ANCHORAGE, Alaska (Reuters) - A mysterious orange goo that collected on shorelines in a village in Alaska is made up of fungal spores, according to scientists with the National Oceanic and Atmospheric Administration.
The new analysis corrected an announcement made last week by Alaska-based NOAA scientists who had initially concluded the material was a conglomeration of microscopic eggs or embryos deposited by some form of crustacean.
Scientists from NOAA’s Center for Coastal Environmental Health and Biomolecular Research, based in Charleston, South Carolina, did a follow-up examination on a sample sent from Alaska and determined the material was fungal, not the product of crustaceans, the agency said.
The material is consistent with spores from fungi that cause “rust,” a disease that infects plants by causing a rust-like color on them, NOAA said.
“The spores are unlike others we and our network of specialists have examined; however, many rust fungi of the Arctic tundra have yet to be identified,” Steve Morton, a scientist with the NOAA Charleston lab, said in a statement.
The gooey material first appeared early this month in the water and on coastlines of Kivalina, an Inupiat Eskimo village of 400 on the Chukchi Sea coast.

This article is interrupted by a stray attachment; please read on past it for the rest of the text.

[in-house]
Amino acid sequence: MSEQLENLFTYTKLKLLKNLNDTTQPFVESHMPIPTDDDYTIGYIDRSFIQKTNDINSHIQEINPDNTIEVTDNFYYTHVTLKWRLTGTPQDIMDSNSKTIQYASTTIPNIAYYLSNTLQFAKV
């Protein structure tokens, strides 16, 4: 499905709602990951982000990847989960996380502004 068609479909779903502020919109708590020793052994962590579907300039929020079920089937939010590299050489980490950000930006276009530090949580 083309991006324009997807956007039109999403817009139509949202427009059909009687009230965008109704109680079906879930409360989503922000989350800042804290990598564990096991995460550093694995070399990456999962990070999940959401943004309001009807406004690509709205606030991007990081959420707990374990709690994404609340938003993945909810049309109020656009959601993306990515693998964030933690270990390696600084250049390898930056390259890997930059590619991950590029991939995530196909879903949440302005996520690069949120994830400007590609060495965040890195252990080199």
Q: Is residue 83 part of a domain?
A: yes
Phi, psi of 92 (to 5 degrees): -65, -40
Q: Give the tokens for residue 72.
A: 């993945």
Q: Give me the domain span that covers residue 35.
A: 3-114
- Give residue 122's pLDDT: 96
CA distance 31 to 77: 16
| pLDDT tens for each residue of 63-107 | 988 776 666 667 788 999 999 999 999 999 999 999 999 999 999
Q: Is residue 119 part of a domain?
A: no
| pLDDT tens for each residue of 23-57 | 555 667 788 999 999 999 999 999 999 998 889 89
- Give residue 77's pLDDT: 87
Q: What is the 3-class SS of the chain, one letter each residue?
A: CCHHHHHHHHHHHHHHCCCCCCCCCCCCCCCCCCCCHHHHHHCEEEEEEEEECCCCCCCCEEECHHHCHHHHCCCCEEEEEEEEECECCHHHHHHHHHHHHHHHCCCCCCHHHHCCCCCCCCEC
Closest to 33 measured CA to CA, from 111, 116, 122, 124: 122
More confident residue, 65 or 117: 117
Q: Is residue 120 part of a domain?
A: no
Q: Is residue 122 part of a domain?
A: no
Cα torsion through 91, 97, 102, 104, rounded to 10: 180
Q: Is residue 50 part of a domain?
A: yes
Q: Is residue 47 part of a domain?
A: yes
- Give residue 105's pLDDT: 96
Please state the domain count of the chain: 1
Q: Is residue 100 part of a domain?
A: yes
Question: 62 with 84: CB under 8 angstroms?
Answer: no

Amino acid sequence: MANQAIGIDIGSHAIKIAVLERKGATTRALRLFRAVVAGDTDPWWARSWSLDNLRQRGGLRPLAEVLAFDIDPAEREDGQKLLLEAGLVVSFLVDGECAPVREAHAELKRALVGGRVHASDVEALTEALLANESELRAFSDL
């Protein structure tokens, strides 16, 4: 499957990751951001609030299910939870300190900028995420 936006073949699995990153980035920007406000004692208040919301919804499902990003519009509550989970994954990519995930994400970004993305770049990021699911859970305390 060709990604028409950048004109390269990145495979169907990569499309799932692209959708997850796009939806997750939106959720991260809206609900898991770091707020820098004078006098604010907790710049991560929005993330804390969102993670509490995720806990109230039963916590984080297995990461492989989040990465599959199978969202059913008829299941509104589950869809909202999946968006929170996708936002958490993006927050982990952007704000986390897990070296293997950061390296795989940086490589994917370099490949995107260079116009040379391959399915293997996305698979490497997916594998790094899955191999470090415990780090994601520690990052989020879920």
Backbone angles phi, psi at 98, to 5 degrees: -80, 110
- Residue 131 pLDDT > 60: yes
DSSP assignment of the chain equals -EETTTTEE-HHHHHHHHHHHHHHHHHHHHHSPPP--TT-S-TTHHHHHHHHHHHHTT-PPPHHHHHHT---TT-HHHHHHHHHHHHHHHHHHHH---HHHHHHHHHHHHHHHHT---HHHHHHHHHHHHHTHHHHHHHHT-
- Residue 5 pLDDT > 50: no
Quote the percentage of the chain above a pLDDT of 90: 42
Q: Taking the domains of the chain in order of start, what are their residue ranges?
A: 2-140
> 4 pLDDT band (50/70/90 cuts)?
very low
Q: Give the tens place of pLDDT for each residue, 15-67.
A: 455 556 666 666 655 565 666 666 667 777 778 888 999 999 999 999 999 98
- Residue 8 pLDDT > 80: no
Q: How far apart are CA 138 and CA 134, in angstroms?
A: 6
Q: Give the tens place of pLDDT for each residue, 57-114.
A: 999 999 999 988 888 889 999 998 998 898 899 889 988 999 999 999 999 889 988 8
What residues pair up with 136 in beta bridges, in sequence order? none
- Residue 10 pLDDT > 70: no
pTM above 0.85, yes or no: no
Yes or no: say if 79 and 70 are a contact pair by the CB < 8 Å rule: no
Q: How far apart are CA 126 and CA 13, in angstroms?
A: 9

Residents initially feared the material might be pollution from the nearby Red Dog Mine, the world’s largest zinc producer. But early tests showed it was a biological material, not mining waste or a petroleum product.
The sticky orange material, which dried into a powder, has washed away from Kivalina, said Julie Speegle, a spokeswoman for NOAA’s National Fisheries Service in Alaska.
Speegle said the material was likely harmless.
“Rust is a disease that only affects plants, so there’s no cause for alarm,” she said, adding that details about its origins remained a mystery.
“There just has not been a lot of research done on rust fungi in the Arctic. This is one that we’ve never encountered before that we know of,” she said.
Editing by Dan Whitcomb and Cynthia Johnston